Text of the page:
SUNSET ON WESTVIEW
Passing Along the Legacy of WC’s Historic School Building
Linda Hall, a fifth-grade language arts teacher and media specialist at WC’s elementary school, said her colleagues are going through a tearful goodbye to its 50 Westview Avenue location as the school prepares to move to 6670/6675 Worthington Galena Road, the current home of the high school.
“We are kind of going through a grieving process here. That building is a part of us,” said Hall who is retiring at the end of the school year. “I feel like it is the best thing for Worthington Christian, and it will make a lot of things better … but many of us are sad about losing our home.” Worthington Christian sold the property to Tree of Life Christian Schools for $2.15 million last August.
Former principal Bill Vorlicky, who served as the school’s principal from 1983-1997, oversaw the beginning stages of the elementary school. He understands the anguish the faculty members are currently going through.
“(The teachers who have spent a significant number of years serving there) will miss walking in the doors each morning to a place that has been such an important part of their service to the LORD,” Vorlicky said. “Ultimately, the LORD has been the center of the school ministry, and He will allow everyone to keep wonderful memories and to make new ones as the school changes its location next year.”
Julie Katzeman concurs with Vorlicky.
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“I know it will be a sad day, but God always has good things in store for us,” said Katzeman, who taught English there for over 30 years. “We wait for that with great anticipation.”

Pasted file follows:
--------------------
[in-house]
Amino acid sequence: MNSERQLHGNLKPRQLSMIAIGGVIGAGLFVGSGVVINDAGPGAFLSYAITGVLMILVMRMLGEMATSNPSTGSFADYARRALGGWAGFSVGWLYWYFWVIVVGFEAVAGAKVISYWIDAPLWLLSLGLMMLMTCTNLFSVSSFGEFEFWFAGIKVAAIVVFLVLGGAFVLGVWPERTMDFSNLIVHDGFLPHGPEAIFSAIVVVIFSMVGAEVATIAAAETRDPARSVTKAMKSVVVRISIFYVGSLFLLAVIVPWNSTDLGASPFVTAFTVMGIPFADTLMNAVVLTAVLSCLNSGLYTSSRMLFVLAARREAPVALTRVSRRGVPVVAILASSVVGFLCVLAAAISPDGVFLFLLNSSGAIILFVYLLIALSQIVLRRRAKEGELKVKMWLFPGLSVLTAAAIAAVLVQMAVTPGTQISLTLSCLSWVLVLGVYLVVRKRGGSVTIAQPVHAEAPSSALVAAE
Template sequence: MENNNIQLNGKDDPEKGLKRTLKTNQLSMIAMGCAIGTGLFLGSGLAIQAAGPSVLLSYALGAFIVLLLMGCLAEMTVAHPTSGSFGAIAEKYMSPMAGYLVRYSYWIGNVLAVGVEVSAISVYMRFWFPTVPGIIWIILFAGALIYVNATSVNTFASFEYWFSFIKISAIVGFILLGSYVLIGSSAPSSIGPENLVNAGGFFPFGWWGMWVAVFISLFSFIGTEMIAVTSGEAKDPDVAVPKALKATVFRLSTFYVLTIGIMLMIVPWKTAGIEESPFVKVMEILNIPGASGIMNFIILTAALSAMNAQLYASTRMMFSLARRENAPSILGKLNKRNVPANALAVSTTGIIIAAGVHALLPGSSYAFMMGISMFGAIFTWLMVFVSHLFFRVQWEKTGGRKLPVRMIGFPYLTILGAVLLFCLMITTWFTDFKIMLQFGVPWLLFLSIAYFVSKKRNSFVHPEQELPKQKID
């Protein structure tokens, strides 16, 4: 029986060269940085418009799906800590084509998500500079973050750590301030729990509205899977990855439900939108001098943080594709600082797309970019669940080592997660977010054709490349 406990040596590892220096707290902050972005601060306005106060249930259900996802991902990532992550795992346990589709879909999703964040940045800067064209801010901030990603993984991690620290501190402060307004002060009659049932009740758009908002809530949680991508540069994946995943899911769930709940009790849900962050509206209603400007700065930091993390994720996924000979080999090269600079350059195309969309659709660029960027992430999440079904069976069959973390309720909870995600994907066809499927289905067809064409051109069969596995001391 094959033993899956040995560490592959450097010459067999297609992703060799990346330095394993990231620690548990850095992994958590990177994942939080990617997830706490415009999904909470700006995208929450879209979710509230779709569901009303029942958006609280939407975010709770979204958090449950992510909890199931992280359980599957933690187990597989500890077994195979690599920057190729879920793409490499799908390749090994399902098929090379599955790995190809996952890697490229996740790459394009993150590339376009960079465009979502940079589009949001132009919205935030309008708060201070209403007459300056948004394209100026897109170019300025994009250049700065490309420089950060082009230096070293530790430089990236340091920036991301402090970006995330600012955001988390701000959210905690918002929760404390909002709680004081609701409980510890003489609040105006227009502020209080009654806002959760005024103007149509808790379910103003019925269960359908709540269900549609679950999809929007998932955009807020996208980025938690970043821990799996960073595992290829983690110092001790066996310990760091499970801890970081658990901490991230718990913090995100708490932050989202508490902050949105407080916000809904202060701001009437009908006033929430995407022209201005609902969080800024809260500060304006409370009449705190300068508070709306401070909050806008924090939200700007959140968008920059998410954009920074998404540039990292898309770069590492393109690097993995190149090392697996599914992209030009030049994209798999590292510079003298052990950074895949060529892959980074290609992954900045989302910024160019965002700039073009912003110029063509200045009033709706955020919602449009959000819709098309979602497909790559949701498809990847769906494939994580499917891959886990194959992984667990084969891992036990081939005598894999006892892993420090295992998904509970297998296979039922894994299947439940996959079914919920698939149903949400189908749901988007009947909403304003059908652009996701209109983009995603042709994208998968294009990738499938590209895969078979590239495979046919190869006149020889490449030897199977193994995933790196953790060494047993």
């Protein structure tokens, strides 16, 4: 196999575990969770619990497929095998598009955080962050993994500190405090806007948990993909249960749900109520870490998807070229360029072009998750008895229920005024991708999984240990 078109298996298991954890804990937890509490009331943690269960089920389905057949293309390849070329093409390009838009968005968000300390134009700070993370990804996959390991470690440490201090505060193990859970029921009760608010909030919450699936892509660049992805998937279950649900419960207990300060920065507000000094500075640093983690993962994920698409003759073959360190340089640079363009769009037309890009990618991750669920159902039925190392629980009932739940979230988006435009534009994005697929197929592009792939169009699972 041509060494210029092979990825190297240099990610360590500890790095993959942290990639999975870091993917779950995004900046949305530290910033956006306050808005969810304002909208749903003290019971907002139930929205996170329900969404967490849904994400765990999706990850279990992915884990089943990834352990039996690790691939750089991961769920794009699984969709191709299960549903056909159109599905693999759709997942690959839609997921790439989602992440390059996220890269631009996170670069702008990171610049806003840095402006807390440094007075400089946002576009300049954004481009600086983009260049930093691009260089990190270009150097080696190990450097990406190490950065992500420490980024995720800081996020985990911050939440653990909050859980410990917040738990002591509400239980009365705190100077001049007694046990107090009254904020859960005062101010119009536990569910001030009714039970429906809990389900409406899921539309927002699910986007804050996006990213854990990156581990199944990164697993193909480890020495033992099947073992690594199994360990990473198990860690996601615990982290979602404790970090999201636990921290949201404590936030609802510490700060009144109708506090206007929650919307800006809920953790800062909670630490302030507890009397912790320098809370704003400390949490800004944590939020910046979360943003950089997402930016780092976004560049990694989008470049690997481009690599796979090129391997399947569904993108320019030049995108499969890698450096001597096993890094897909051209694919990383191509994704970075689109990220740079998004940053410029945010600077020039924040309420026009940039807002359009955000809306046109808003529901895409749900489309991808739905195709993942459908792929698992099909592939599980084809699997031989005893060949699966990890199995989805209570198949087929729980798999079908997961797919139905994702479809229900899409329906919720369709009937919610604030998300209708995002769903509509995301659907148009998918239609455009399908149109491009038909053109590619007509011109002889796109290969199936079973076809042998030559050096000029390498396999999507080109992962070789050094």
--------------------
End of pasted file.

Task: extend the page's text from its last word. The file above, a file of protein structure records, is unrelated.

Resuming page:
Katzeman wasn’t sure what God had in mind for Worthington Christian when it moved into its Westview location. Located in a leafy subdivision off High Street, Westview was already a senior citizen when Worthington Christian set up its elementary school there. The building was built in 1925 to be part of the Worthington City School District and was in dire need of restoration when WC bought the property.
“It was like making a silk purse out of a sow’s ear,” Katzeman said with a chuckle. “The roof was caving in and people thought there was no way this was going to be something we could use.”
Once the school opened the doors, Katzeman said she began to fall in love with the place. One of the facets of the building are its cavernous classrooms. Often each of the three fifth grade classrooms had 25 or more students.
“But the rooms were large enough that I never felt claustrophobic,” Katzeman said. “There was plenty of room to walk around. I think I would have a hard time when they move up to high school.”
However, there were also some physical challenges at the Westview site. Its tiny driveway was not made to accommodate the number of school buses and cars dropping off and picking up students. The school employed an off-duty police officer to direct the traffic at dismissal time.
Another challenge was the school’s “gymnasium,” which was literally a converted garage big enough to hold a single school bus. Gym classes were often held outside whenever the weather was accommodating.
While some regarded Westview’s quirks as obstacles, Vorlicky saw them as a chance for faith.
“The challenges we experienced were opportunities to trust God,” he said. “I have many wonderful memories of my time there. My biggest and most cherished memories and blessings were to have our two children, John and Beth, be students there. Not many fathers can say they could be with their children throughout their school day. I was and am truly blessed.”
Katzeman was quick to agree.
“I taught 30 years there,” she said. “There was never a moment where I woke up and said ‘Oh no, I have to go to school today.’ It was always ‘Gee, I get to go to school today.’”